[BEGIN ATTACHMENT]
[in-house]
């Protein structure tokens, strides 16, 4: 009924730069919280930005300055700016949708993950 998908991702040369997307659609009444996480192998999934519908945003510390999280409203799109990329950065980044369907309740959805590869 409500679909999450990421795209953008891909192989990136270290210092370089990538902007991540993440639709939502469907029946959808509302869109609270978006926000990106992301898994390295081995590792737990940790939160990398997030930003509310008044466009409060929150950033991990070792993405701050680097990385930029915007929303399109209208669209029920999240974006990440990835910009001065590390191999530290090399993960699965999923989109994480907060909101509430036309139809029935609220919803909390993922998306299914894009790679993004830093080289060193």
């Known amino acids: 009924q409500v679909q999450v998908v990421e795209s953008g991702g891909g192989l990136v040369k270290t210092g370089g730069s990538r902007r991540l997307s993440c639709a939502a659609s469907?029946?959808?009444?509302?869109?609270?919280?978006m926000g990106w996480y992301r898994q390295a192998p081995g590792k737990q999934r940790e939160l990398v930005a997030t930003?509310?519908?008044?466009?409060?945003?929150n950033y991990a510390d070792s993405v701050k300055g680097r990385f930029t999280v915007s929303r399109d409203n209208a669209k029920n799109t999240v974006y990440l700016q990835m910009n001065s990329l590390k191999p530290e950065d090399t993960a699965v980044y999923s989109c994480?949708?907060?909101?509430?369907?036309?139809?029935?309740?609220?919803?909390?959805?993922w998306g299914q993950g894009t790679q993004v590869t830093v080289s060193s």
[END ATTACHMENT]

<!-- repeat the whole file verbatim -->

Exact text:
[in-house]
């Protein structure tokens, strides 16, 4: 009924730069919280930005300055700016949708993950 998908991702040369997307659609009444996480192998999934519908945003510390999280409203799109990329950065980044369907309740959805590869 409500679909999450990421795209953008891909192989990136270290210092370089990538902007991540993440639709939502469907029946959808509302869109609270978006926000990106992301898994390295081995590792737990940790939160990398997030930003509310008044466009409060929150950033991990070792993405701050680097990385930029915007929303399109209208669209029920999240974006990440990835910009001065590390191999530290090399993960699965999923989109994480907060909101509430036309139809029935609220919803909390993922998306299914894009790679993004830093080289060193």
């Known amino acids: 009924q409500v679909q999450v998908v990421e795209s953008g991702g891909g192989l990136v040369k270290t210092g370089g730069s990538r902007r991540l997307s993440c639709a939502a659609s469907?029946?959808?009444?509302?869109?609270?919280?978006m926000g990106w996480y992301r898994q390295a192998p081995g590792k737990q999934r940790e939160l990398v930005a997030t930003?509310?519908?008044?466009?409060?945003?929150n950033y991990a510390d070792s993405v701050k300055g680097r990385f930029t999280v915007s929303r399109d409203n209208a669209k029920n799109t999240v974006y990440l700016q990835m910009n001065s990329l590390k191999p530290e950065d090399t993960a699965v980044y999923s989109c994480?949708?907060?909101?509430?369907?036309?139809?029935?309740?609220?919803?909390?959805?993922w998306g299914q993950g894009t790679q993004v590869t830093v080289s060193s």